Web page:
Curses, Foiled Again When a man wearing a wig and sunglasses tried to rob a pizza shop in Denton, Texas, employee Stephanie Martinez emptied the register, but co-worker Rudy Sandoval attacked the intruder, knocking off his disguise. “I dropped the money,” Martinez told the Denton Record-Chronicle. “I said, ‘Don’t hit him again! That’s my dad!’” Benjamin Ramirez, 41, ran out of the shop, where Martinez’s mother and husband were waiting. Police quickly arrested the three. They cleared Stephanie, though. “Her husband told us she didn’t know,” police Sgt. James Brett said. “He knew they were going to rob someplace, but he thought it was going to be a convenience store.”
• British police nabbed a man they dubbed the “Goldilocks” burglar after his victims returned to their Portsmouth home and found him asleep in one of their beds, surrounded by his loot. The Daily Mail reported the suspect told arresting officers he had taken 15 Valium tablets before the heist to calm his nerves.
Break Out the Tinfoil Hats A Nevada company announced plans to build a microwave ray gun able to beam sounds directly into people’s heads. New Scientist magazine reported the Sierra Nevada Corporation has a Navy contract to develop the device, dubbed MEDUSA (Mob Excess Deterrent Using Silent Audio), which uses short microwave pulses to rapidly heat tissue, causing a shockwave inside the skull that can be detected by the ears. “The repel effect is a combination of loudness and the irritation factor,” the company’s Lev Sadovnik explained. “You can’t block it out.” The device is intended for military or crowd-control uses, but Sadovnik noted it might have other applications and that the company is seeking additional Defense Department funding.
• Websites are targeting children with digital drugs, which USA Today reported are downloadable audio files designed to induce drug-like effects. Often called “idozers” or “idosers,” they rely on the concept of binaural beats to synchronize brain waves with sound to alter the listener’s mental state. Some sites claim to help develop extrasensory powers; others promise help overcoming addiction or anxiety, losing weight or eliminating gray hair. Most, however, sell audio files, called “doses,” that mimic the effects of alcohol, marijuana and hard drugs. Some doses, web columnist Kim Komando noted, are “of a sexual nature.”
When Guns Are Outlawed Police in Fort Pierce, Fla., arrested Kimberlee Cole, 18, for hitting Joel Goldsmith, 24, over the head with a toilet seat after she found him smoking crack cocaine in their bathroom. Police said she bonked him because he refused to give up the drugs.
• A barbecue pit was the weapon Octavia Williams, 47, and Timothy Benjamin, 35, chose to bash each other over the head with during an argument in Alexandria, La. Police said she hit him first and, after he hit her back, threw the barbecue pit at the rear window of his car.
• Paul Edward Parrish II, 43, confessed to trying to rob a video store in Charleston, W.Va., by threatening the clerk with an empty Jell-O box, which he set on the counter and said contained a bomb. “I think he had just bought it at Kroger, and he ate it,” police Sgt. Aaron James said, describing the box’s contents as an already made cheesecake dessert. “Then he got the notion to go and rob the business.” James added, “I don’t know what he was thinking.”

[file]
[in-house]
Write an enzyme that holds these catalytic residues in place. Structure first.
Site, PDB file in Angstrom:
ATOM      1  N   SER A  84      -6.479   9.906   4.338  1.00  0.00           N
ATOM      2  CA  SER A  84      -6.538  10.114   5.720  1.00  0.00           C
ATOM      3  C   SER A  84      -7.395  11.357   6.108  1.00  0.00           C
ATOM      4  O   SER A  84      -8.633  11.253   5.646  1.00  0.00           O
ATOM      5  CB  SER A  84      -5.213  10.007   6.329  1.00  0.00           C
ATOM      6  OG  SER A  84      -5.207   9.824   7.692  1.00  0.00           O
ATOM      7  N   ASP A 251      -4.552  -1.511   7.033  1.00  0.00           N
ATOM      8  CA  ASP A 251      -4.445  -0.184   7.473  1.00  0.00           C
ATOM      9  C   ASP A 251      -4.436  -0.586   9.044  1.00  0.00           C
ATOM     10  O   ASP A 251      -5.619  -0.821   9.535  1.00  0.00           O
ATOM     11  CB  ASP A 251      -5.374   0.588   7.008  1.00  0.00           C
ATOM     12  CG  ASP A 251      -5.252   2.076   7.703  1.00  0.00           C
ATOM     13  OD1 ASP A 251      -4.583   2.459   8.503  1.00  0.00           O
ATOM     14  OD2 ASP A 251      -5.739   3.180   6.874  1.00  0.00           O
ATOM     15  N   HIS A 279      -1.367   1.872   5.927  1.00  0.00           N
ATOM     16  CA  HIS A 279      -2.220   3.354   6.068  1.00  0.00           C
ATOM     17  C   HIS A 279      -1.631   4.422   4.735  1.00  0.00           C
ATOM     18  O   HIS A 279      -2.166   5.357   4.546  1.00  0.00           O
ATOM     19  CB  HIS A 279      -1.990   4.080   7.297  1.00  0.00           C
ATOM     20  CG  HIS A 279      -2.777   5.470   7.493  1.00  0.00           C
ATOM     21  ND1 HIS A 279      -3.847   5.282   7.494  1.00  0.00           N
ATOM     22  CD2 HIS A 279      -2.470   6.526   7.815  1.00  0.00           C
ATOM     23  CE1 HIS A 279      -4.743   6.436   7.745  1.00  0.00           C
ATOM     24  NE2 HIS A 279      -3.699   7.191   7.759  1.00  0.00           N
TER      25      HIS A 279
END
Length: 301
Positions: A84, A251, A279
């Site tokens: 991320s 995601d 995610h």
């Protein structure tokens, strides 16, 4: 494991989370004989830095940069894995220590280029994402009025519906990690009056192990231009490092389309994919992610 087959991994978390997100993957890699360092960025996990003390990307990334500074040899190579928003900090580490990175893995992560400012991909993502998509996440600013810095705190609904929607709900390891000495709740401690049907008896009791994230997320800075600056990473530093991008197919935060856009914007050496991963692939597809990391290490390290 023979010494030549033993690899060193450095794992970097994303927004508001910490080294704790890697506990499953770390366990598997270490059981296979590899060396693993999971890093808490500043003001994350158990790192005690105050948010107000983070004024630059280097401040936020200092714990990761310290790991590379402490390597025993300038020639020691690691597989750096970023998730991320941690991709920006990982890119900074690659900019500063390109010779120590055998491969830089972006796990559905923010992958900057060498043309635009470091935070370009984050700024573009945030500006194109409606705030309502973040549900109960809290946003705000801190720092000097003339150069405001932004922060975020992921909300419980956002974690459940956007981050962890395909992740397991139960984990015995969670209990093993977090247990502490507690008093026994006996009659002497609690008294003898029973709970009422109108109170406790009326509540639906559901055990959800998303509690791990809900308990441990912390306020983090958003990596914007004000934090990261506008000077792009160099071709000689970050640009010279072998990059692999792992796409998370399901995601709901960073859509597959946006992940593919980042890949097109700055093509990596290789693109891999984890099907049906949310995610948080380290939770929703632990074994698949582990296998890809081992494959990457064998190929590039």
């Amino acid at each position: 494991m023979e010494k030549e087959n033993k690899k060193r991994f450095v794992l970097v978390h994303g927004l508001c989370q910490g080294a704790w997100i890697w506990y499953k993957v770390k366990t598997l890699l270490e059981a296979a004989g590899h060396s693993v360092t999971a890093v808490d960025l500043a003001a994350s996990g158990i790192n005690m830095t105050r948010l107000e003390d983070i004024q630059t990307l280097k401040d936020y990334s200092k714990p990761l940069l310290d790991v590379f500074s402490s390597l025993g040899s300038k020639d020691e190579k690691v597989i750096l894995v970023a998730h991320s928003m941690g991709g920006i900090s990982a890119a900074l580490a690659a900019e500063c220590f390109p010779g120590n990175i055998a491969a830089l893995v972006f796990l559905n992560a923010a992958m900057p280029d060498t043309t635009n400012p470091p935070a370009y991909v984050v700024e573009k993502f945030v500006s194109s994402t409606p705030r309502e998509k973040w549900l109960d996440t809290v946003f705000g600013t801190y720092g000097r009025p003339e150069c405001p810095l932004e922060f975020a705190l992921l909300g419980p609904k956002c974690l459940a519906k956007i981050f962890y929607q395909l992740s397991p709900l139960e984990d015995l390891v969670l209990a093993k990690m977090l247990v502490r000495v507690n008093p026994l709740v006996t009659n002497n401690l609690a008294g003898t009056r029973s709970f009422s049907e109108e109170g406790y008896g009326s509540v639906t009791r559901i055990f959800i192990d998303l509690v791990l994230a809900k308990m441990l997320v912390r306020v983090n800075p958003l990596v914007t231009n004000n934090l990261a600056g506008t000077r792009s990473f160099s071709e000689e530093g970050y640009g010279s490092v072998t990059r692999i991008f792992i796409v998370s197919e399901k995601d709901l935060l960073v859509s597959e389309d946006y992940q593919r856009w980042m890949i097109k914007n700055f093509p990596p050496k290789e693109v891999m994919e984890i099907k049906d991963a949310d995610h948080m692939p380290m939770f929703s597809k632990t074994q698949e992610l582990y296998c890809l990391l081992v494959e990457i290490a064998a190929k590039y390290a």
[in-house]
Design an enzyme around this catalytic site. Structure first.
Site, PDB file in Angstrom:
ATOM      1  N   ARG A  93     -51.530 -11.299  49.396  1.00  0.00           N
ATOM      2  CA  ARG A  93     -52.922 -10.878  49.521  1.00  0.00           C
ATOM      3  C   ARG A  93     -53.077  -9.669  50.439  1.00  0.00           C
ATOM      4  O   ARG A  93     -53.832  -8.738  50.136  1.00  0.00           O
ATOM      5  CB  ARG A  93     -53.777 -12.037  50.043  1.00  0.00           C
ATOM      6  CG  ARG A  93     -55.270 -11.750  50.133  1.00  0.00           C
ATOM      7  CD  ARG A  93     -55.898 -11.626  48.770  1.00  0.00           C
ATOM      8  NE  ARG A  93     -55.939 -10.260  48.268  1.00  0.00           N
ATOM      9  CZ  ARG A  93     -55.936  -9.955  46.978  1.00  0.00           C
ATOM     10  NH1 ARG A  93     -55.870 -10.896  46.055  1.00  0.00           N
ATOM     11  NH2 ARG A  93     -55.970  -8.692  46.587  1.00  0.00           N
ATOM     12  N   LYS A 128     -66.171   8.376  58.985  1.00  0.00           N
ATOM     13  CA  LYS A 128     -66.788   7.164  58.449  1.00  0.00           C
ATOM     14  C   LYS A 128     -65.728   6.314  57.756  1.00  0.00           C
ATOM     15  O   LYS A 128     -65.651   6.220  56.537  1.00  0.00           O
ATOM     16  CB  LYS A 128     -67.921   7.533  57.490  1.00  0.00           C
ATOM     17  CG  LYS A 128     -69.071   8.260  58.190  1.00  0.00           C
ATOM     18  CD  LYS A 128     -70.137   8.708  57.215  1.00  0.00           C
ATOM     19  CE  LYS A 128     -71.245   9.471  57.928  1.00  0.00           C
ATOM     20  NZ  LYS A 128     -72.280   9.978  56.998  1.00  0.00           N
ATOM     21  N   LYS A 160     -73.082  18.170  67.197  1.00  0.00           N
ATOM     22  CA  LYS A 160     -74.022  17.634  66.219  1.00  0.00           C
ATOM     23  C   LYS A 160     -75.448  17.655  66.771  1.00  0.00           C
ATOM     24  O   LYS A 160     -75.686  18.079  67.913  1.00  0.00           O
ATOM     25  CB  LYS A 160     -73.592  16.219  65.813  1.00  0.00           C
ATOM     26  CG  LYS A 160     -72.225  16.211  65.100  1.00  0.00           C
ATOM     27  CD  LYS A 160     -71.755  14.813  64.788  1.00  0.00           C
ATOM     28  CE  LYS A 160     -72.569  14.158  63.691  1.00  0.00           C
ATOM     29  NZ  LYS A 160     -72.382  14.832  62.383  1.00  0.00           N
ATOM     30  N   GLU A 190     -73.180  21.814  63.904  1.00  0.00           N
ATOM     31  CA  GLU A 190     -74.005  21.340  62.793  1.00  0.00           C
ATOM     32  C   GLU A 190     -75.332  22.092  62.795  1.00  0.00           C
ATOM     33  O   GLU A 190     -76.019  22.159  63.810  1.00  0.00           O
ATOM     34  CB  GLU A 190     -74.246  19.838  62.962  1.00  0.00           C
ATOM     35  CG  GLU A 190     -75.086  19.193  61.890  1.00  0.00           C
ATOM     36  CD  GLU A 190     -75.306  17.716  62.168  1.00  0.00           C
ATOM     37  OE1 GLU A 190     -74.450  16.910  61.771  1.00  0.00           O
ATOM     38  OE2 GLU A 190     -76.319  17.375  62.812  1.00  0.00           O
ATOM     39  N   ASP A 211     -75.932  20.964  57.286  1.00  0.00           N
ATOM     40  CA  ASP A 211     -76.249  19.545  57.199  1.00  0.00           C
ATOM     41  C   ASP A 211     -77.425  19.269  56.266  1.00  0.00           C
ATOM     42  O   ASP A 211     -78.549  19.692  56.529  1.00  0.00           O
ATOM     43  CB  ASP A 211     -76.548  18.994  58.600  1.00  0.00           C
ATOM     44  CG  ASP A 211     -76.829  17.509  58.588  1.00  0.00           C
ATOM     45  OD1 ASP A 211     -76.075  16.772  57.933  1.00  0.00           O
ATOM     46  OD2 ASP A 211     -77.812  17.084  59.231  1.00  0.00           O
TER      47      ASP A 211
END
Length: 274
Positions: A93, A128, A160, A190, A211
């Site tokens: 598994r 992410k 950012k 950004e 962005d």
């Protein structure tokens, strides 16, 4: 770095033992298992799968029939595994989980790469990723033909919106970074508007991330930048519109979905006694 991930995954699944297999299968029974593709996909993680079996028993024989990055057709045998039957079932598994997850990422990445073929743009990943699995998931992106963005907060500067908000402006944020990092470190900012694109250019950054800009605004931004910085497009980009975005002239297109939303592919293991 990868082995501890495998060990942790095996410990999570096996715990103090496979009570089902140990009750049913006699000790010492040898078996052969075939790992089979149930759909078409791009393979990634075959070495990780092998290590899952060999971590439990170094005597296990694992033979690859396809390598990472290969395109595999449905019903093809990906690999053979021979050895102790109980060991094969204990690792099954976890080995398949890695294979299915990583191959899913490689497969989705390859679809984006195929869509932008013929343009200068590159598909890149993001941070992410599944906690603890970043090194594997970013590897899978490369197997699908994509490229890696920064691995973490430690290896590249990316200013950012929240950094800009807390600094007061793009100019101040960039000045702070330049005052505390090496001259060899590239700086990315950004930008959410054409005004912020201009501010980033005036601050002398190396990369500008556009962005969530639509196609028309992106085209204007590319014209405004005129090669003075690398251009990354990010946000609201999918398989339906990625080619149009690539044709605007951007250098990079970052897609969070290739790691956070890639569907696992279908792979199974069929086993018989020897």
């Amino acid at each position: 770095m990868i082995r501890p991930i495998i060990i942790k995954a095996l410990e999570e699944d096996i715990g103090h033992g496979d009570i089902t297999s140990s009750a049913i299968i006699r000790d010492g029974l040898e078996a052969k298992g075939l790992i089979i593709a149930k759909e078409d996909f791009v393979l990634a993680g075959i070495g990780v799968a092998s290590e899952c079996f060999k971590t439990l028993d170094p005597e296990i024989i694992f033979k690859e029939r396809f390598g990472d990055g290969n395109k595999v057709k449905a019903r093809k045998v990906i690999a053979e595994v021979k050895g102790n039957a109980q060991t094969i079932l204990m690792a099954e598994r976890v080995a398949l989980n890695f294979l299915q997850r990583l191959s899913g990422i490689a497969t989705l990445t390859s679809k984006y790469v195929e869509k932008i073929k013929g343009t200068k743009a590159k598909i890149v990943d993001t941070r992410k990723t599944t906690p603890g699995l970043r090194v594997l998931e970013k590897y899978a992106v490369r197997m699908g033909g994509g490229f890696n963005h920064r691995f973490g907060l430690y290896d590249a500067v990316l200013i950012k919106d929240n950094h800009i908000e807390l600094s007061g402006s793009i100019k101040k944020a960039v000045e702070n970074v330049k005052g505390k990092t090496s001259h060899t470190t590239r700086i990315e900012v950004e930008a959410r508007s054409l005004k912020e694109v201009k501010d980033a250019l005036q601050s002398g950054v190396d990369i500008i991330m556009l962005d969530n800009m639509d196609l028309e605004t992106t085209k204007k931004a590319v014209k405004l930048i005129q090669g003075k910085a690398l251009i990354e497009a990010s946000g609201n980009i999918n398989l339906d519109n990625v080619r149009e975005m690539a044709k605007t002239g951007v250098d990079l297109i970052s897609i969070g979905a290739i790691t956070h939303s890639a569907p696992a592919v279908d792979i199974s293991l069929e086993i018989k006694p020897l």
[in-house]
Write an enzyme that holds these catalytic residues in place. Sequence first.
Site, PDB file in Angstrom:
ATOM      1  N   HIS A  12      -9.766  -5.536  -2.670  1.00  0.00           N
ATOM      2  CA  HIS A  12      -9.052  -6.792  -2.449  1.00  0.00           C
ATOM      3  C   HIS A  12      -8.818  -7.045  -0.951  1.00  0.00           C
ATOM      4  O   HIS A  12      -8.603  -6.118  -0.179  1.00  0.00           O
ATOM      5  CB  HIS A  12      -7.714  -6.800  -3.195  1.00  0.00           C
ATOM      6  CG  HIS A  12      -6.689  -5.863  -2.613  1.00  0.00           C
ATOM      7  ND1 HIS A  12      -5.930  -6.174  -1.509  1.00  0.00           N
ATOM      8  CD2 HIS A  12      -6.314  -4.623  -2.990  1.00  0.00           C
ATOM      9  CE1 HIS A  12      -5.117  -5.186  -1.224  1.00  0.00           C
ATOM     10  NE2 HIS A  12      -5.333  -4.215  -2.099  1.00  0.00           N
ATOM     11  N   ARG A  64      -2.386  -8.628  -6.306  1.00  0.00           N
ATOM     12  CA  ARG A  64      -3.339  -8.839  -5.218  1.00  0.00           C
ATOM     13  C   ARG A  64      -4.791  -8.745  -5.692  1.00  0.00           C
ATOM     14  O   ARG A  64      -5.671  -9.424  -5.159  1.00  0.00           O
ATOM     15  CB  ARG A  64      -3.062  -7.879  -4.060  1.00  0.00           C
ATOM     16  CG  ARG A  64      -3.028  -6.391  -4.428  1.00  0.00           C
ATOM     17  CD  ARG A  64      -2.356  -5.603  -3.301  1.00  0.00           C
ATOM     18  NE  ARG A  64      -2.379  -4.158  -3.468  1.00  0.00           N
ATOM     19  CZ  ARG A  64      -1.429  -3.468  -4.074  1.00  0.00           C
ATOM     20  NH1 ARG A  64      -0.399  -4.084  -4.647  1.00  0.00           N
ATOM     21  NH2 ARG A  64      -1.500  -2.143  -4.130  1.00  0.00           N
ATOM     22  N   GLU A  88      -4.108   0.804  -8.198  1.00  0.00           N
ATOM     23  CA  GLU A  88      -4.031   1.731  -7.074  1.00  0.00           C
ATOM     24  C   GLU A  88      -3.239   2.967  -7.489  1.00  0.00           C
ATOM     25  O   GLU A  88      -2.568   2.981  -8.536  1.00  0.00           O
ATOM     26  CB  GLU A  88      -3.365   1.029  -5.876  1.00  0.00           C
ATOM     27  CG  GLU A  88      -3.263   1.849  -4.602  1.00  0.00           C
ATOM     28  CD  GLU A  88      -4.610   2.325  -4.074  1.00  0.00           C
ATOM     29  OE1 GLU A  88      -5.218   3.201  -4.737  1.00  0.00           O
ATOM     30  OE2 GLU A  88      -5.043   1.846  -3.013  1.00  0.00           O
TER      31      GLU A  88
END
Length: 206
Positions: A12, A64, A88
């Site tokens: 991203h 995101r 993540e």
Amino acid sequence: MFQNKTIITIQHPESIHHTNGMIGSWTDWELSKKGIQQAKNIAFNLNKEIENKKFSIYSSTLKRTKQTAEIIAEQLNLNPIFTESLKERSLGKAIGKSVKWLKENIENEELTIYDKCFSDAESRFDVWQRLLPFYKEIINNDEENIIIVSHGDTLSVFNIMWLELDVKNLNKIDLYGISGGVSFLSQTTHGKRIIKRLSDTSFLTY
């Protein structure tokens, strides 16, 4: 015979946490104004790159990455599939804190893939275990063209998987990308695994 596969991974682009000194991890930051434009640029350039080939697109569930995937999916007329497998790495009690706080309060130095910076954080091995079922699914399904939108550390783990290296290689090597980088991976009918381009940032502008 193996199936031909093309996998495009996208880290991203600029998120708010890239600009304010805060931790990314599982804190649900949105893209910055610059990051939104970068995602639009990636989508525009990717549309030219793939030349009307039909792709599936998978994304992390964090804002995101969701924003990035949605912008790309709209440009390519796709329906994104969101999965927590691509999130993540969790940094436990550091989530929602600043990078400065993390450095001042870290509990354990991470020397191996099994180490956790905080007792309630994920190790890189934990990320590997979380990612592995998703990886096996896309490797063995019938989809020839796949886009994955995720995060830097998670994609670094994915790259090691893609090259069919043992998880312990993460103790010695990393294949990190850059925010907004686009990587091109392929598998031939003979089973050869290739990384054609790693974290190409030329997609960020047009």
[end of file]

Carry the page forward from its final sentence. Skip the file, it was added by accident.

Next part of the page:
• Police charged Robyn Lee, 23, with aggravated assault for trying to cram a peanut in her neighbor’s mouth. The neighbor, Shenna Ferguson, is allergic to peanuts and said Lee threw some at her when they went shopping in Springdale, Ohio. “I told her to stop,” Ferguson said in her affidavit, adding that afterward she found her car’s windshield wipers torn off, the car keyed and Lee stooping beside the vehicle “messing with my tires.”
Only Third? A British airline voted third best in the world by a survey ranking 70 airlines has just one airplane. Palmair European, which trailed Singapore Airlines and Jet Airways and tied with Air New Zealand in the Which? magazine poll of 70,000 travelers, flies its 34-year-old Boeing 737 to 14 European destinations from Dorset’s Bournemouth Airport, making two flights a day in summer and one in winter. The Daily Telegraph reported the airline does not operate night flights because its late founder, Peter Bath, believed they were “anti-social.” Airline representative Teresia Rossello greets departing passengers and works out seating plans for all flights the night before at her kitchen table, using special notes she has made about each passenger. “Those who want more leg room get it, and families who want to sit together can,” Palmair’s managing director David Skillicorn said.
Polygamy Chic The wives of the polygamous Fundamentalist Church of Jesus Christ of Latter Day Saints (FLDS), who drew media attention when Texas authorities temporarily removed 400 children from the church’s Yearning for Zion ranch amid allegations of under-age marriage and institutionalized sexual abuse, have begun marketing their plain and simple attire. “We don’t know what to expect on demand, but we have a flood of interest,” sect member Maggie Jessop told the Salt Lake Tribune. The church-branded clothing is available through the church’s website (fldsdress.com), which assures shoppers that items for children and teenagers “meet the FLDS standards for modesty and neatness” and that “each piece is made with joy and care.”
From Fame to Shame Kira Kashie Brooks, 22, admitted financing her quest to become the next Miss USA by billing the taxpayers of Coral Springs, Fla. According to court documents, her employer, the Coral Springs Police Department, gave Brooks a city credit card, which she used to charge nearly $5000 in personal expenses, including rental cars, cell phone use, a pink-sequined evening gown and $1500 to enter the Miss Pompano Beach USA pageant. Brooks didn’t win and was fired a few months later for poor job performance.